Marking International Holocaust Remembrance Day, Yad Vashem and Google announced a partnership that will facilitate preservation of and access to and the world’s largest historical collection on the Holocaust.
The Jerusalem-based archive is devoted to the documentation, research, education and commemoration of the Holocaust. Its photo collection will be made more widely accessible for people around the world to search and discover the photographs on its website and share their own personal stories and thoughts. This resource will be valuable to those interested in researching the Holocaust, whether to find out more about family members whose stories are collected in the centre or out of general interest.
This initiative will not only bring this information to a much wider audience worldwide, but it will allow people around the world to contribute, by identifying the stories behind photos and documents, adding their own stories and knowledge to the site.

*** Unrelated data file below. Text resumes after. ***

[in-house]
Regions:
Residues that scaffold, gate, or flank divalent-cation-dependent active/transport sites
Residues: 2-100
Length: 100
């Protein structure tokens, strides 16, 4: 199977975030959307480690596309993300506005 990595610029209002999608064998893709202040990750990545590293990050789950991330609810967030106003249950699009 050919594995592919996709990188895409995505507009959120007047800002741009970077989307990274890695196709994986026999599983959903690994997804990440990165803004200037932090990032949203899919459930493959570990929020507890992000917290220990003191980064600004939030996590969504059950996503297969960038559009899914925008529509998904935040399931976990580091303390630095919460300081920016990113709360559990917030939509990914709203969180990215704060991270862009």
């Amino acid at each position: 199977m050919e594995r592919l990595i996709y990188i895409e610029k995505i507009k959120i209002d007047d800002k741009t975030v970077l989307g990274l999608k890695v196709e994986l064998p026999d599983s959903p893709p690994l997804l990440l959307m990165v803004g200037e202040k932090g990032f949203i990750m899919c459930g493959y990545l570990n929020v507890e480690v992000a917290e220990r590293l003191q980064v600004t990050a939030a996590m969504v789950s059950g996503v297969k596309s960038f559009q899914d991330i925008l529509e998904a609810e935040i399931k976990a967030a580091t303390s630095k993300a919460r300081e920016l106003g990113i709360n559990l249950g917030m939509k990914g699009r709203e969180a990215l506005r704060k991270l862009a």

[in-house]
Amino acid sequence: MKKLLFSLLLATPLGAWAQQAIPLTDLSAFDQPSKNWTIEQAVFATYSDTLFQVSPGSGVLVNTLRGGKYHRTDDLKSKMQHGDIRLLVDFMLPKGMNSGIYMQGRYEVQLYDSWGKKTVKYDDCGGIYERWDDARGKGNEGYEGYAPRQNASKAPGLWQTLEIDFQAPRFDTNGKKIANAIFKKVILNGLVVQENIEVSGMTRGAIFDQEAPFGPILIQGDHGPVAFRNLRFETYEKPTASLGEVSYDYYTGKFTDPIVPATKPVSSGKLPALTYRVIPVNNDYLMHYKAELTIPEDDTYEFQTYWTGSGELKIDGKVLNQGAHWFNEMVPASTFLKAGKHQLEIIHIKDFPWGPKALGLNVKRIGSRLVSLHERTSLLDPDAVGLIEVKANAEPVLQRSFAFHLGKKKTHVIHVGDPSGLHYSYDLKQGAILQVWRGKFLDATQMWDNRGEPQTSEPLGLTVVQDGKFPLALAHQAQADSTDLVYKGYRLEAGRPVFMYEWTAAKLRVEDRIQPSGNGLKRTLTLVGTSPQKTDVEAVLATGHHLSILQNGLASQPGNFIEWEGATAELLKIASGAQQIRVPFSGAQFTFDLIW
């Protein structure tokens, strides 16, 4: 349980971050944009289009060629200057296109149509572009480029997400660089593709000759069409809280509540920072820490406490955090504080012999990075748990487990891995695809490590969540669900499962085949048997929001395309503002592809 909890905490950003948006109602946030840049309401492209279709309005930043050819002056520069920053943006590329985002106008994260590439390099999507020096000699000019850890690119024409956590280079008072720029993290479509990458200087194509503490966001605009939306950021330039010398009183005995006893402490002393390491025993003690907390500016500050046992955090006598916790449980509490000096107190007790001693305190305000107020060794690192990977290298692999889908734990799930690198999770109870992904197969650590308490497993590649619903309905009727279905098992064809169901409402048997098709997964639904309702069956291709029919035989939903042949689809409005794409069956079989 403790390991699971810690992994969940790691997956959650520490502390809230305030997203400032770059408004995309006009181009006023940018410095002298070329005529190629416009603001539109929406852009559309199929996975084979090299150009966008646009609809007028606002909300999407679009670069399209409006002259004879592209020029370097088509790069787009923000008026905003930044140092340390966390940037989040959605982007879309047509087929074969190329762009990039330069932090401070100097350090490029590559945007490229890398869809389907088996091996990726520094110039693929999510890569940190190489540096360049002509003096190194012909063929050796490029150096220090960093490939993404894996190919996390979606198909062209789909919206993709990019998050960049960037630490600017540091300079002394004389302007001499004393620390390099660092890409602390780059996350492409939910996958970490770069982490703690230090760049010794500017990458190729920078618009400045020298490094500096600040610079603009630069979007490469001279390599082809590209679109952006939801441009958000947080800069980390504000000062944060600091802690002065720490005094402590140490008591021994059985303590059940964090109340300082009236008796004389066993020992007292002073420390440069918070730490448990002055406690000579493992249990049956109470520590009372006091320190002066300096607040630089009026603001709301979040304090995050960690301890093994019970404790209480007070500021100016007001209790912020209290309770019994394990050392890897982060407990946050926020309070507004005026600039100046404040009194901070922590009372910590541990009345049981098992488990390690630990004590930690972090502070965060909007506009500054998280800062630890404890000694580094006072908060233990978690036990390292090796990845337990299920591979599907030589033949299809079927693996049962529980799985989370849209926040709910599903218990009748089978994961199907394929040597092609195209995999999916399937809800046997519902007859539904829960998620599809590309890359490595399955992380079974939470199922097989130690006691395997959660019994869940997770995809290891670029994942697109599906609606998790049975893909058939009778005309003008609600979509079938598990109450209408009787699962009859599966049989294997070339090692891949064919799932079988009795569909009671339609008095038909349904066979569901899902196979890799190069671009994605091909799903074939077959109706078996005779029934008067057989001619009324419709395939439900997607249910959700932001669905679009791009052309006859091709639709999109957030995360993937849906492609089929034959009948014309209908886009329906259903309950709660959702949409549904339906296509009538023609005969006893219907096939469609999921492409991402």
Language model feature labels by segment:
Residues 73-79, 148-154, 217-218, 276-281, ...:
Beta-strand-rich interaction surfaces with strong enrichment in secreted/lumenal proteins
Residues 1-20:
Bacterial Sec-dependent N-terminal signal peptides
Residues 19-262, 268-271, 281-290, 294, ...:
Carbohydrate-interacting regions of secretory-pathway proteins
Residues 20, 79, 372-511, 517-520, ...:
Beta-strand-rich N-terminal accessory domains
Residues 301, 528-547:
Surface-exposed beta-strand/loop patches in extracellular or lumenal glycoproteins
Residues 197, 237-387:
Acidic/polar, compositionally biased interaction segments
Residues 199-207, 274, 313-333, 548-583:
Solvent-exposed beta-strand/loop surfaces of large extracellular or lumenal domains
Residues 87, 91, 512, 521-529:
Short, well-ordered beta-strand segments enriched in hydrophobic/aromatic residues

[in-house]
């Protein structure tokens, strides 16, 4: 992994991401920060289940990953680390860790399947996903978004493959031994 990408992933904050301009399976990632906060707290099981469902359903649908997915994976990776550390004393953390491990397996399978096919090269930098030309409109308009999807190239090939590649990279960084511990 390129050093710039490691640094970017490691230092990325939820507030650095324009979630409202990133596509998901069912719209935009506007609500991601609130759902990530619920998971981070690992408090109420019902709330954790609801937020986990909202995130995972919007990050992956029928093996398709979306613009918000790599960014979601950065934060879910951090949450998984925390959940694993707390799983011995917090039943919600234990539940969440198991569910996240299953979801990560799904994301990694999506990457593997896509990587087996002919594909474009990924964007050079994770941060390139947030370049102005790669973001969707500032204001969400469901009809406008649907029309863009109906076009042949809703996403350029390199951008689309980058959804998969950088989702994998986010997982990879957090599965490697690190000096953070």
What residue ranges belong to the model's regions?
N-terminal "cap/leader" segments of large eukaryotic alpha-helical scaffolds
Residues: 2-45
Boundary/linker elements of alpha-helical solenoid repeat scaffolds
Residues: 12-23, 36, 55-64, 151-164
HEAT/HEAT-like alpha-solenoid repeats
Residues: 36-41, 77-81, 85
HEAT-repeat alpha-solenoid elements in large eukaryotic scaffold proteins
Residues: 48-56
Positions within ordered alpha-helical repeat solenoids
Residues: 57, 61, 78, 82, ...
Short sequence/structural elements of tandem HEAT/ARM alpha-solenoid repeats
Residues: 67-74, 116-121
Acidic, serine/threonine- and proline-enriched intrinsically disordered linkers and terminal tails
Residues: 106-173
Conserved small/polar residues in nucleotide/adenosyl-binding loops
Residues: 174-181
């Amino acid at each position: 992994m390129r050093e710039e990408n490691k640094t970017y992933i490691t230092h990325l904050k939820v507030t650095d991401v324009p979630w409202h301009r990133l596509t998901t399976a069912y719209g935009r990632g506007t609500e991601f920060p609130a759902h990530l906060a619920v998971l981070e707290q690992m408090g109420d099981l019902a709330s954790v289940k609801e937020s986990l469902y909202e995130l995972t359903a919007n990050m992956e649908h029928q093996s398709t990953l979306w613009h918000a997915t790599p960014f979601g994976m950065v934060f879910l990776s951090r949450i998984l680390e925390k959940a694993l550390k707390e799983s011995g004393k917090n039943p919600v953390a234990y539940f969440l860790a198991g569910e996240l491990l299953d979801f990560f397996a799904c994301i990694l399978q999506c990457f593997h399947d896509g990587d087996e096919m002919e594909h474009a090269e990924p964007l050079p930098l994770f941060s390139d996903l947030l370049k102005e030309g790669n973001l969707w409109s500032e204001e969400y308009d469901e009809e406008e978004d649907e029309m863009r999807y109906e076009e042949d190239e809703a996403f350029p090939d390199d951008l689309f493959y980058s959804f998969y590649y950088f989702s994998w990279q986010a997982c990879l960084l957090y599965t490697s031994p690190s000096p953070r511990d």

130,000 photos from Yad Vashem’s archive are now viewable in full resolution online. This is a first step towards bringing the vast Yad Vashem archive online over time.
Google has implemented experimental optical character recognition (OCR) technology to carry out this project, making previously difficult to locate documents searchable and discoverable online.
“We’re focused on finding new and innovative ways to make the enormous amount of data in our archives, accessible and searchable to a global audience,” said Avner Shalev, Chairman of Yad Vashem. “Google is an integral partner in our mission, as they help us to reach new audiences, including young people around the world, enabling them to be active in the discussion about the Holocaust.”
“For some time, Google has been working to bring the world’s historical and cultural heritage online. The Internet offers a great opportunity to preserve and share important materials stored in archives,” said Yossi Matias, Director of Google’s R&D centre in Israel. “We’re pleased to be able to work with the world’s foremost Holocaust archive on this project.”